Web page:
By Megan Parry

Creativity and productivity are important concepts around here — we’re always looking for new ways to unlock our creativity and increase our productivity. And it seems science is pretty obsessed with the concepts too. We’ve already learned that daydreaming helps us come up with innovative solutions to mentally taxing problems, but a new study is here to say that daydreamers may just be smarter than the more down-to-earth of us.

The study, conducted by researchers at the Georgia Institute of Technology, suggests that people who daydream could have more efficient brains than the rest of us, showing higher intellectual and creative capabilities. Study coauthors Eric Schumacher and Christine Godwin used an MRI to measure the brain patterns of over 100 study participants while they focused on a stationary object for five minutes. The team used these patterns as the control to understand “which areas of the brain work together during an awake, resting state,” Godwin explains.

The team also gave the participants tests to measure their intellect and creative tendencies, in addition to having them fill out a survey about how often their minds wander in daily life. Godwin and Schumacher compared the brain wave data with the intellect data and found that “those who reported more frequent daydreaming scored higher on intellectual and creative ability and had more efficient brain systems measured in the MRI machine.”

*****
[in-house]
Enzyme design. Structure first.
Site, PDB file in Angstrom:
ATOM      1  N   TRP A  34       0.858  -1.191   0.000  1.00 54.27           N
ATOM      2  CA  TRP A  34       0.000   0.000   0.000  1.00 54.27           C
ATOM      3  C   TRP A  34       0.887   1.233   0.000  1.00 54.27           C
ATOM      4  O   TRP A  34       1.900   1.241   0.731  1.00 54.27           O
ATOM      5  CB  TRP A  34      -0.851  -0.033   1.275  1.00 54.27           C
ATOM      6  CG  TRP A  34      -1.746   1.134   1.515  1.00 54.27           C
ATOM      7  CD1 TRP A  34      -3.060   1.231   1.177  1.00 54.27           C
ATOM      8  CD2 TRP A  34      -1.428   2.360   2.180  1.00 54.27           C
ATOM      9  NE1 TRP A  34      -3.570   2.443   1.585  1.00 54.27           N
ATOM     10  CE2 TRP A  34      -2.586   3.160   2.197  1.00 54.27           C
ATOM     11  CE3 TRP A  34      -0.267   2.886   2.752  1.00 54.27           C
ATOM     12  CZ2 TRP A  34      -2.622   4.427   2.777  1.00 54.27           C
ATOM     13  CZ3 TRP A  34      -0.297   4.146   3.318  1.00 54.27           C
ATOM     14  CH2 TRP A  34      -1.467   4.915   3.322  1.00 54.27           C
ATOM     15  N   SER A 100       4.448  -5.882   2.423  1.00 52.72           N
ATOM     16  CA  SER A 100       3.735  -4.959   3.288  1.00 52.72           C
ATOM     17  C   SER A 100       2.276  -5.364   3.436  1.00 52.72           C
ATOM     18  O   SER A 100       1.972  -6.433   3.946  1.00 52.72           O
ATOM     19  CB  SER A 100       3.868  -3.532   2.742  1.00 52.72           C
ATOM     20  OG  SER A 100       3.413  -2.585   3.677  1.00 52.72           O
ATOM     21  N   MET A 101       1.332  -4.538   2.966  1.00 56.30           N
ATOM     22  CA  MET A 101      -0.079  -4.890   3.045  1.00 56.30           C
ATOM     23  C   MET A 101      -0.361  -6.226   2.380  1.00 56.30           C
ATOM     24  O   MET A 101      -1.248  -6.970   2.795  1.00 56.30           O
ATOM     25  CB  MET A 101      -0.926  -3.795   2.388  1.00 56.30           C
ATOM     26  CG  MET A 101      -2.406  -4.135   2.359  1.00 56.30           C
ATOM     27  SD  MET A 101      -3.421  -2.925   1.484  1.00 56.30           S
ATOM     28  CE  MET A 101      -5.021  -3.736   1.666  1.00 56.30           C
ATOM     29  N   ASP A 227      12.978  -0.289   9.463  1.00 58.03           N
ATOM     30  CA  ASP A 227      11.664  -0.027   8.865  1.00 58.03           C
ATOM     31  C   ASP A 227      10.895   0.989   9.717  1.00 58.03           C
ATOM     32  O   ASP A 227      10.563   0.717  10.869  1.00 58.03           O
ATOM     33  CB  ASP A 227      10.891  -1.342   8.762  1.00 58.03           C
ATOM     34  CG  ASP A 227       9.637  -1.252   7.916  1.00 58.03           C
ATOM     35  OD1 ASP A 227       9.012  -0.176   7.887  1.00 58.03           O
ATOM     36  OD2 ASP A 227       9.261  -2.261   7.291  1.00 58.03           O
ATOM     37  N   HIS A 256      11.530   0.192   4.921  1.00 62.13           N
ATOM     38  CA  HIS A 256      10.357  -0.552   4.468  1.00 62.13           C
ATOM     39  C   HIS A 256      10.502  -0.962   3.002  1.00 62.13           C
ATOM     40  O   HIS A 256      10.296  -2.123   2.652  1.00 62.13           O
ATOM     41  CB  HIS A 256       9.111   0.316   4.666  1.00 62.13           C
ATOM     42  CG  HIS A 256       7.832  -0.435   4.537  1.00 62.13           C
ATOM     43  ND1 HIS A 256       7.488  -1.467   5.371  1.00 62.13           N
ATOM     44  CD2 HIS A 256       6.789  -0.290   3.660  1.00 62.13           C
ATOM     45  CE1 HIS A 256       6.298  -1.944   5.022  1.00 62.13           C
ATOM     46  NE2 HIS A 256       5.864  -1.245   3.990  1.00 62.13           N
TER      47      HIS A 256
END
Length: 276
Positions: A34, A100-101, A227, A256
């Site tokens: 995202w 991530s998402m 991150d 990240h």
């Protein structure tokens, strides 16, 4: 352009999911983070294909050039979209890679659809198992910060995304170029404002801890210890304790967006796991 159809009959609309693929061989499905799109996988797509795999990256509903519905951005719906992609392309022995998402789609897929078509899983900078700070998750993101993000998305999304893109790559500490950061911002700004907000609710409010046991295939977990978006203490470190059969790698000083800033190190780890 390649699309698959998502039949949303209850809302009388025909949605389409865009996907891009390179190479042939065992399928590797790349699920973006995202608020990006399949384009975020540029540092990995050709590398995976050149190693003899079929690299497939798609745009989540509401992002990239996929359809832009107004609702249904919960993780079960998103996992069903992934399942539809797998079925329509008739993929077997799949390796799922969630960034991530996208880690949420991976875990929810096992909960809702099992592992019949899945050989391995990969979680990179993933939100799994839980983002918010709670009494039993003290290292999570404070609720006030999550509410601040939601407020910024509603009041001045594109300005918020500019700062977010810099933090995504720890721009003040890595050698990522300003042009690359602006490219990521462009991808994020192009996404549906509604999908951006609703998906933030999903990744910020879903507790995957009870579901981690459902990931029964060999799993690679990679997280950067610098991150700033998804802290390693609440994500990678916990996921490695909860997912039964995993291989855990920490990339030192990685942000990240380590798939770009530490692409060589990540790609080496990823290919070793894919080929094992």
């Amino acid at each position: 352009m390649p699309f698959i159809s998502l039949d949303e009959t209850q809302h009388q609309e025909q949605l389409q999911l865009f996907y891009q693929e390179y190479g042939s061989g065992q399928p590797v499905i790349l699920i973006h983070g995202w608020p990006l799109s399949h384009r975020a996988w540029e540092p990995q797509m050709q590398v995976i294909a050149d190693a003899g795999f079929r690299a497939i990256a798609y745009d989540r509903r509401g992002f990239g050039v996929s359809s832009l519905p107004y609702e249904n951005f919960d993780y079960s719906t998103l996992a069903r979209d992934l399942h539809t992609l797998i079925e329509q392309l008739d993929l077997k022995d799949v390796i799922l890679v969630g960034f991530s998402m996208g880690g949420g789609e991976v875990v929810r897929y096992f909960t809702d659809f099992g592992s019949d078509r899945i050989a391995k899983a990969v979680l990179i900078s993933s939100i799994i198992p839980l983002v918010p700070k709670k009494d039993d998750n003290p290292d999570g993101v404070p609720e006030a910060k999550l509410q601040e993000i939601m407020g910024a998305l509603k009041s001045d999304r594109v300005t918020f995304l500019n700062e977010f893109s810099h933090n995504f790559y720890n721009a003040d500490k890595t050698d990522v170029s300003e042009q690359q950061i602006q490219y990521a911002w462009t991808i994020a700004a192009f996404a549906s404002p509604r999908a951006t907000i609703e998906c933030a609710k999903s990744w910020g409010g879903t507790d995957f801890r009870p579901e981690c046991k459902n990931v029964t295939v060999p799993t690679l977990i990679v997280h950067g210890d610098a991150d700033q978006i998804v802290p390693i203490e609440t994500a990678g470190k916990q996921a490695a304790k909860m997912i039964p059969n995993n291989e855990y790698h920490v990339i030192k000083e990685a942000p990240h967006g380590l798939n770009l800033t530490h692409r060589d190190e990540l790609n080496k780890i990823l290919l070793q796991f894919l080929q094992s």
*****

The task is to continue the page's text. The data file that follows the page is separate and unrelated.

Basically, if you’re hella smart, you don’t need as much time or mental capacity to perform a task. If you’re able to tune in and out during a task or conversation without making errors or missing information, you may just have a brain that’s making its own entertainment when it’s not being challenged. Shumacher compares the phenomenon to “the absent-minded professor — someone who’s brilliant, but off in his or her own world… or school children who are too intellectually advanced for their classes. While it may take five minutes for their friends to learn something new, they figure it out in a minute, then check out and start daydreaming.”

The next time you find your thoughts drifting at work, check back in to see if you’ve somehow managed to still stay on task and on time. You may just have an efficient brain.

Feature Image Credit: Getty

By Megan Parry

Megan is a RVA-based writer and stylist with a profound love of the semi-colon, Taylor Swift, vintage sequins, modern art, vanilla-scented perfume, library books and her cat, Stormy.

Sourced from BRIT + CO